A rare Sumatran elephant has died in Indonesia after blocking a village street for a week, an official said Sunday.
The female elephant was in a "weak condition" after becoming separated from its herd about a week ago in Bengkalis district, Riau province, conservation agency official Adit Gunawan told AFP.
"It was hungry. We gave it food, water and medical attention. We tried our best to nurse it back to health but it wasn't getting better and died on Saturday evening," he said.
An autopsy to determine the cause of death is being carried out, he said.
Antara state news agency reported that the elephant, along with her two calves, had been blocking a tarred road near a housing complex since last Monday. The elephant could have been poisoned, the report added.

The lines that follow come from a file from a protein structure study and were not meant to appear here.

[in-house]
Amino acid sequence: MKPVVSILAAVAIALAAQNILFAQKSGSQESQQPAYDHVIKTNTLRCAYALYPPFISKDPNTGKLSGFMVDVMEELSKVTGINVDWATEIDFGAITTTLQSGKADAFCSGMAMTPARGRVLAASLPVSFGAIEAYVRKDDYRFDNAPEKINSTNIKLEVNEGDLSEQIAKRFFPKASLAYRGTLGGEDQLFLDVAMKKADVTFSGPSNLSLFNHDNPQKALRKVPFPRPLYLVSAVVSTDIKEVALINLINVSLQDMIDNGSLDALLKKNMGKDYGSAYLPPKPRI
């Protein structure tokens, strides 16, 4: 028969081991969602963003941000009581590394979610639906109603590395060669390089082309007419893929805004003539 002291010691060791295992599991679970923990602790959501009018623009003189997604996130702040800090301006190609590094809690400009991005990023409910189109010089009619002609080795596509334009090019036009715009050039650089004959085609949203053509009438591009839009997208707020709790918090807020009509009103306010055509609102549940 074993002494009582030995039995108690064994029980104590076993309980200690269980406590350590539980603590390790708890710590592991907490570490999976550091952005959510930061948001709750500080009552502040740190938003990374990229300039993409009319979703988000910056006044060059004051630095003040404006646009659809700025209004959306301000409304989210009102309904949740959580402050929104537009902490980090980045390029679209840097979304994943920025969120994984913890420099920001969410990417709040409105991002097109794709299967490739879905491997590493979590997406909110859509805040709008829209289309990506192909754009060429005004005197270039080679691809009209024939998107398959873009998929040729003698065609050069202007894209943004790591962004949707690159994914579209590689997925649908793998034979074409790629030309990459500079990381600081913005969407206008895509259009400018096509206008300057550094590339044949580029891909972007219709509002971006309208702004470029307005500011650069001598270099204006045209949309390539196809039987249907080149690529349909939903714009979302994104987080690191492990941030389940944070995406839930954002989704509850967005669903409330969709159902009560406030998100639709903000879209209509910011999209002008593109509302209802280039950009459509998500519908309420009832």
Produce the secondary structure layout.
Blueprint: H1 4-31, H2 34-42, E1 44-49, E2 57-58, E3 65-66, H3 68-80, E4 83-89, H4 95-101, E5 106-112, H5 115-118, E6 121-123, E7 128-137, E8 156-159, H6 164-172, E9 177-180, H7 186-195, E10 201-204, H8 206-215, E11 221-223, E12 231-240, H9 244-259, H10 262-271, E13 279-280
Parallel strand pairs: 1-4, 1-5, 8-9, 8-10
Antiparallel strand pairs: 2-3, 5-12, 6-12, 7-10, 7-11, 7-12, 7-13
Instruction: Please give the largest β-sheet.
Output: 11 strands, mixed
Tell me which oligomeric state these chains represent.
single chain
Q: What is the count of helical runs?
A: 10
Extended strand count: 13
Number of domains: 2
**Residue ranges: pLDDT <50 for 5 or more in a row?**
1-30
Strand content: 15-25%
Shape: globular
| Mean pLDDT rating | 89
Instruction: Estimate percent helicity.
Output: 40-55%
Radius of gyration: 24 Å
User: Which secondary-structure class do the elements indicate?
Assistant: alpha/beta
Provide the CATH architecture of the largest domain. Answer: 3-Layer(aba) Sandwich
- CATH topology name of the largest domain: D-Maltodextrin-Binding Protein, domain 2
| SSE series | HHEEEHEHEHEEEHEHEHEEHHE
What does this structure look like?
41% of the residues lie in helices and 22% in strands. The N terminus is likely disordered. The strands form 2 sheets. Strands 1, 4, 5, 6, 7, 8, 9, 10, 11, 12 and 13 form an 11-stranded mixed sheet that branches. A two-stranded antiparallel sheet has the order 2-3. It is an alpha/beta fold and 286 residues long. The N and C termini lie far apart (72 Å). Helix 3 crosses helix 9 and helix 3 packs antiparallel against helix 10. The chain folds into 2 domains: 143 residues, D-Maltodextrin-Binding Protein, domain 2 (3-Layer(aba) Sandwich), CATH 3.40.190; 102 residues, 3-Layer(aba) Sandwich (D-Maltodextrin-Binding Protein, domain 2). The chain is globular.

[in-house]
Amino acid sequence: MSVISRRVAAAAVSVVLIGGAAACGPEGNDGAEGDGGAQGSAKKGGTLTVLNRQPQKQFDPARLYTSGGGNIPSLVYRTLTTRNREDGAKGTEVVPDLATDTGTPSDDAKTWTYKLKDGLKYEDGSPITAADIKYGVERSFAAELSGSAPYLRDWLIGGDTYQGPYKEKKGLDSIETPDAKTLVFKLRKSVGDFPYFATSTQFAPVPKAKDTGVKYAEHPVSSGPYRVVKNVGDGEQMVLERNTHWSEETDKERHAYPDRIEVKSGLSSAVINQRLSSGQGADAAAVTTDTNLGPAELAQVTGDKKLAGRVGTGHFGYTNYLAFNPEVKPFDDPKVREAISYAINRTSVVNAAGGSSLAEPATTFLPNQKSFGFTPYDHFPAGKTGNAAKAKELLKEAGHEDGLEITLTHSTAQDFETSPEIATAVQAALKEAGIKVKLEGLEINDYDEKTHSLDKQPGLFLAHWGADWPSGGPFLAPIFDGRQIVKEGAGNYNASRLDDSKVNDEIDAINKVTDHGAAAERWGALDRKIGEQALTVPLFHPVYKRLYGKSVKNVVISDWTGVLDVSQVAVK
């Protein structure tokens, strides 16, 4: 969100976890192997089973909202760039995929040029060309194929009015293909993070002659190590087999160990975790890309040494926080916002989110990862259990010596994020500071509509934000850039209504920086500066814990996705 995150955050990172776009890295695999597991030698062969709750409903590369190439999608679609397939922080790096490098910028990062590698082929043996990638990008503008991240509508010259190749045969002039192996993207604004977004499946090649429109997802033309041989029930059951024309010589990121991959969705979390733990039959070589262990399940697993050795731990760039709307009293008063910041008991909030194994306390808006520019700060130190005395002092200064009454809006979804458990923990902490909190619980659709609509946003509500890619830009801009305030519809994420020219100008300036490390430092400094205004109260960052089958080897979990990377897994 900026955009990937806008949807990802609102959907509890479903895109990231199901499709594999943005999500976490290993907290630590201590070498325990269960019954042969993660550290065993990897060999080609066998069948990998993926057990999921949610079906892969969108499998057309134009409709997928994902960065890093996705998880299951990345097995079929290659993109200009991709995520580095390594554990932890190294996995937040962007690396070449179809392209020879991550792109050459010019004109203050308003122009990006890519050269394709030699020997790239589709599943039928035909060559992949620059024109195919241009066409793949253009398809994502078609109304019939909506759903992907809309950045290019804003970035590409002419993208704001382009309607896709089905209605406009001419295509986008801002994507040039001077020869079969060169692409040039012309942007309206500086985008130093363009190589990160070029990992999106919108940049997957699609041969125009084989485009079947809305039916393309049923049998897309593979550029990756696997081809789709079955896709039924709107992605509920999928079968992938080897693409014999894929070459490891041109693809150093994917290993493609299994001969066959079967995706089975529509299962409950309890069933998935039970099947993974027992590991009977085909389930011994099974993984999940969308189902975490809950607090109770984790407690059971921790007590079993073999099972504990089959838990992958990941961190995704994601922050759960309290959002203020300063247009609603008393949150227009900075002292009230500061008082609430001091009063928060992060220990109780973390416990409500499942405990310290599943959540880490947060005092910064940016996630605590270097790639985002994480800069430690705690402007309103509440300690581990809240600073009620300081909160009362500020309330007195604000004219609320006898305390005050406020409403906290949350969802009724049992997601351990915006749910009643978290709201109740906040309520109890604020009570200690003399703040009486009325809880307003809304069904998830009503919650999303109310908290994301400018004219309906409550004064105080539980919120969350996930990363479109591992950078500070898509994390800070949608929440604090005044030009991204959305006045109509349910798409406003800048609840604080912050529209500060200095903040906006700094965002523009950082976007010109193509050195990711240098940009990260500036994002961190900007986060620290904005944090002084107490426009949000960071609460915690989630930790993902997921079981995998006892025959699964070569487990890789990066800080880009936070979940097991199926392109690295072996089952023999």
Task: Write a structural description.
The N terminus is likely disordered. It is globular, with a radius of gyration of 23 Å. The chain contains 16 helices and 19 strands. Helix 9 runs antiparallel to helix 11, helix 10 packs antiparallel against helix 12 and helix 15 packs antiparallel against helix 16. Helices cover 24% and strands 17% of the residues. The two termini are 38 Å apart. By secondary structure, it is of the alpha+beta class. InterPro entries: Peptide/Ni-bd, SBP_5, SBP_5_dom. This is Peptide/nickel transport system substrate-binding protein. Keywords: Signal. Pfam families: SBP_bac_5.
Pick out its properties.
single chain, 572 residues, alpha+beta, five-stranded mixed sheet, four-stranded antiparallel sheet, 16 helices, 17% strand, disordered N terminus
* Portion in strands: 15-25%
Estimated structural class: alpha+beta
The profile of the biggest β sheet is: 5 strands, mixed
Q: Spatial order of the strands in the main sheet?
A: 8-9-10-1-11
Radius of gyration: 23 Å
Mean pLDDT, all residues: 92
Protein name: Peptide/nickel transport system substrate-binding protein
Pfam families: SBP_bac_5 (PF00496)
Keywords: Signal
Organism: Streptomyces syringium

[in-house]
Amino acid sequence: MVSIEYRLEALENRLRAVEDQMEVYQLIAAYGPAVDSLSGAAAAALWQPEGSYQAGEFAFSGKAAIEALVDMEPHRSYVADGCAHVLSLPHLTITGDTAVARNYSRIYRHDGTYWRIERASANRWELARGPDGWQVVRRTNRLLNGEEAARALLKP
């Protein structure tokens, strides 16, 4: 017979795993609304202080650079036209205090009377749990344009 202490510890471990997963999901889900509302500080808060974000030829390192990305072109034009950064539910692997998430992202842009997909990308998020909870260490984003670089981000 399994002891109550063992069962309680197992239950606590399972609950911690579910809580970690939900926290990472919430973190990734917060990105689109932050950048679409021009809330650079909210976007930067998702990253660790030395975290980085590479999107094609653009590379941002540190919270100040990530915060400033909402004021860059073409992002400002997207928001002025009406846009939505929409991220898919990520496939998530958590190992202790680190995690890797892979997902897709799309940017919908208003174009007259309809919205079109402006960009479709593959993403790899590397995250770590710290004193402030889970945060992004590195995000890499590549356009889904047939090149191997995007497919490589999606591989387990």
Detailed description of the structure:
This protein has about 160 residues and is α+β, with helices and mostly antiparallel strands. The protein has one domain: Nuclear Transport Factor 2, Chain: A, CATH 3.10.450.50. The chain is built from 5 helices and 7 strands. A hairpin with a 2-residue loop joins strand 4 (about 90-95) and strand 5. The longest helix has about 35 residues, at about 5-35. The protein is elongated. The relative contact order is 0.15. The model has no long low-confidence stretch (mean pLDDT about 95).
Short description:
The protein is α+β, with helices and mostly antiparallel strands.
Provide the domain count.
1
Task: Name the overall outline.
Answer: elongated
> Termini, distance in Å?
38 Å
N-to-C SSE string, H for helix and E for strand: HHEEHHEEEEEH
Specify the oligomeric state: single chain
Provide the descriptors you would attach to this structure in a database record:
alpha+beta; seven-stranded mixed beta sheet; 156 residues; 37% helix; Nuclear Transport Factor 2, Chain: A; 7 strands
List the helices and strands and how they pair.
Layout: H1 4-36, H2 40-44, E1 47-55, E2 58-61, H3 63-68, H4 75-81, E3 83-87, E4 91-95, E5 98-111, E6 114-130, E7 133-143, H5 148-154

However Gunawan said there was only one calf, which would be taken to the agency's elephant training centre and "may be released to the wild again if conditions allow".
"I don't want to speculate the cause of death until we get the formal autopsy report. It might have died from stress, lack of food or poisoning," he said.
There are at most 3,350 Sumatran elephants remaining in the wild, according to the environmental group WWF.
Conflicts between humans and animals are increasing as people encroach on wildlife habitats in Indonesia, an archipelago with some of the world's largest remaining tropical forests.
Explore further: Risk-taking behavior depends on metabolic rate and temperature in great tits